EXCERPTS FROM THE BRIEF:
…. the “wholesale disqualification” of a party’s experts violates due process as a matter of law, ….
the exclusion of a “credible and substantial” expert report violates due process.
…the Commission violated due process by its wholesale disqualification of Drakes Bay’s expert testimony, which included credible and substantial expert reports. [the commission] never mentions either of the cases, ….
The Commission thereby concedes the issue, and the motion.
This due-process violation, alone, is enough to invalidate the Orders.
the Commission violated due process by not allowing for cross-examination, and that the Commission’s decision was not supported by competent evidence.
The California Coastal Commission responds with a series of small, mostly procedural arguments. All are wrong.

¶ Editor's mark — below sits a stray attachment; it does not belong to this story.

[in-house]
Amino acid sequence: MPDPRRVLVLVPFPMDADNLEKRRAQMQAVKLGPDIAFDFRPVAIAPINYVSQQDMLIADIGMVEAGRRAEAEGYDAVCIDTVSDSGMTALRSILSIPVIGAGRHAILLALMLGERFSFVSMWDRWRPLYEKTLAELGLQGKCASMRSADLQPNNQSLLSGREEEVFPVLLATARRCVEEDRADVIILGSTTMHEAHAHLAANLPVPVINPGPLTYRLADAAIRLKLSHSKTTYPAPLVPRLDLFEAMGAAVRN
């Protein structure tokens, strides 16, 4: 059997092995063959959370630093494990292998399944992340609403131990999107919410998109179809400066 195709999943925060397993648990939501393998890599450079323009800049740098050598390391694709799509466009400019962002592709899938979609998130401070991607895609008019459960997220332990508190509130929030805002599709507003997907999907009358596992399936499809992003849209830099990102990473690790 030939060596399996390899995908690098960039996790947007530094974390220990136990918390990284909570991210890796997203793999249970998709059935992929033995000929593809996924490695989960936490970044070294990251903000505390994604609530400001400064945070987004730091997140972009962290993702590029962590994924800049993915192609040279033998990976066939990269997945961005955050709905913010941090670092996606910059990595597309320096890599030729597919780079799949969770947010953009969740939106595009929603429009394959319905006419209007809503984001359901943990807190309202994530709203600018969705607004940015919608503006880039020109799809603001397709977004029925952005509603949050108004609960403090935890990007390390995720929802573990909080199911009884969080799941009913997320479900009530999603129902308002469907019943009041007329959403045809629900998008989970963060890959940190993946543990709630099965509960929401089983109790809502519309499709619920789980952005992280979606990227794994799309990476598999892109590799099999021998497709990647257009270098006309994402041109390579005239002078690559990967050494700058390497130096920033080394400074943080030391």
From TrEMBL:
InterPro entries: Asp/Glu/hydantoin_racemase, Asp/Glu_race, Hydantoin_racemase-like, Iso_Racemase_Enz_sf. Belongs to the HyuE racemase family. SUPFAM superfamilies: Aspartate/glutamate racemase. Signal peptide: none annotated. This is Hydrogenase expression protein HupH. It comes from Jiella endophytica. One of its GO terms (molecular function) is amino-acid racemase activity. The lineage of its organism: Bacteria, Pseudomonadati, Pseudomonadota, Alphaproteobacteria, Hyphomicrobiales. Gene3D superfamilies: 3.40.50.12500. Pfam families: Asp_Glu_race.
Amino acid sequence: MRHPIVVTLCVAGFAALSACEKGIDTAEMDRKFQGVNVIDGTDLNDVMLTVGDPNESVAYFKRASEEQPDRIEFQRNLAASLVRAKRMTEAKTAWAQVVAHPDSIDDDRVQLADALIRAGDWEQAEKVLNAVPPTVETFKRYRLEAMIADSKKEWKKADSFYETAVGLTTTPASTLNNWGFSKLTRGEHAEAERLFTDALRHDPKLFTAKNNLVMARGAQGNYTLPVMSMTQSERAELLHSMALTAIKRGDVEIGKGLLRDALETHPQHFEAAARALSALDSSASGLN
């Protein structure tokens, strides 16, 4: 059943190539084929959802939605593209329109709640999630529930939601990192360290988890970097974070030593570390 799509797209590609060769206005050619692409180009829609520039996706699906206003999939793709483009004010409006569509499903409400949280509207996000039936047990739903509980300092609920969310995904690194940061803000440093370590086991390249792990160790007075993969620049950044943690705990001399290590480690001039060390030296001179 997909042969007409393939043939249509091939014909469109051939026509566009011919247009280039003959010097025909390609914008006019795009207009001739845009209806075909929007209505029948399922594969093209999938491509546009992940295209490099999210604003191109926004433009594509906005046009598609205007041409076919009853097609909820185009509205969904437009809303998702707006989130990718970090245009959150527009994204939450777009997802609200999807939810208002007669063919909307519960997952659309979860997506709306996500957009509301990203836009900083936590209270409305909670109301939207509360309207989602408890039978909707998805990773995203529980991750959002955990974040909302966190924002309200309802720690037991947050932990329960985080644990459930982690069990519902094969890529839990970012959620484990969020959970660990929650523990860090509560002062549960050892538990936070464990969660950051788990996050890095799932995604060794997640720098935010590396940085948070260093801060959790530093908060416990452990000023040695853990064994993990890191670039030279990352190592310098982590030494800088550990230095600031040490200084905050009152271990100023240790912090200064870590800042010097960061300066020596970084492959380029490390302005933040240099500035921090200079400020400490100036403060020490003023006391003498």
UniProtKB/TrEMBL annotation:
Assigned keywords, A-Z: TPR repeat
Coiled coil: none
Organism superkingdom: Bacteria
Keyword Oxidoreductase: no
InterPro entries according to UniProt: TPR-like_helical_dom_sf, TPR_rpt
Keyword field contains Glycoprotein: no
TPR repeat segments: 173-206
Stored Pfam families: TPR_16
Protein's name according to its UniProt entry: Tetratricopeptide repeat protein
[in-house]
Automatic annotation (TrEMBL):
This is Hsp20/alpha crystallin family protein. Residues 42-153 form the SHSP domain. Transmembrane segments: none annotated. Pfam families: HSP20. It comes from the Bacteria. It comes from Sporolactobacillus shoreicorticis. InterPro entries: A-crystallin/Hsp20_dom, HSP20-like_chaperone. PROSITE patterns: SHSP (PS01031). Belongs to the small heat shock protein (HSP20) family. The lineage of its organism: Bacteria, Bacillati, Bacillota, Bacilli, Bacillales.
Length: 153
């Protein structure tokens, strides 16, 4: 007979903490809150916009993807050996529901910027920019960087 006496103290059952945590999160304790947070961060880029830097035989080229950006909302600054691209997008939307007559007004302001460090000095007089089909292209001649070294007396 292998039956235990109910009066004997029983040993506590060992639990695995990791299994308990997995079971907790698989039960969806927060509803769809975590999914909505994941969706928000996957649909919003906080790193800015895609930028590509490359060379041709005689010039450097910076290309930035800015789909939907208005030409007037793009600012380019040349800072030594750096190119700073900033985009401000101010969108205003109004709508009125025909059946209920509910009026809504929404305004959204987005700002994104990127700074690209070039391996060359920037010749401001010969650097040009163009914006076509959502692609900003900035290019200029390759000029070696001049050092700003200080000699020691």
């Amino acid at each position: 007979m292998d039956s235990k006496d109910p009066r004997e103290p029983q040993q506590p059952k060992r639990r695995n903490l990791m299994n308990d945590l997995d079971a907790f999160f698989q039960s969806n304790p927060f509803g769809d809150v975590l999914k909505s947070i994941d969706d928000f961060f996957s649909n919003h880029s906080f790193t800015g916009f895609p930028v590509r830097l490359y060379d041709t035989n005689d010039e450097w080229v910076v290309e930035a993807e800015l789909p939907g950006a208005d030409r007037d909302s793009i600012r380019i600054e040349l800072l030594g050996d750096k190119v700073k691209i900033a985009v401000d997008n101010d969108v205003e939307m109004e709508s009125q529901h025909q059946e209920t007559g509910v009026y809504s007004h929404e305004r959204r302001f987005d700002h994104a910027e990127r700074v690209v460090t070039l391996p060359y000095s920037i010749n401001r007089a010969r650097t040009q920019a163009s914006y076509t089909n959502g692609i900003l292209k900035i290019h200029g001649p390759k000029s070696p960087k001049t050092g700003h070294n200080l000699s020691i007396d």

In the quasi-judicial proceeding at issue, the Commission
- did not act as an impartial judge
- was too happy to embrace criticisms of the oyster farm,
- was too hostile to any evidence that favored the farm,
- was too quick to dismiss evidence that rebutted the staff report.
- Its behavior demonstrated a desire to win at any cost, and no respect for the truth.
This Court should issue an order declaring the Orders invalid, and issue a writ of mandate.
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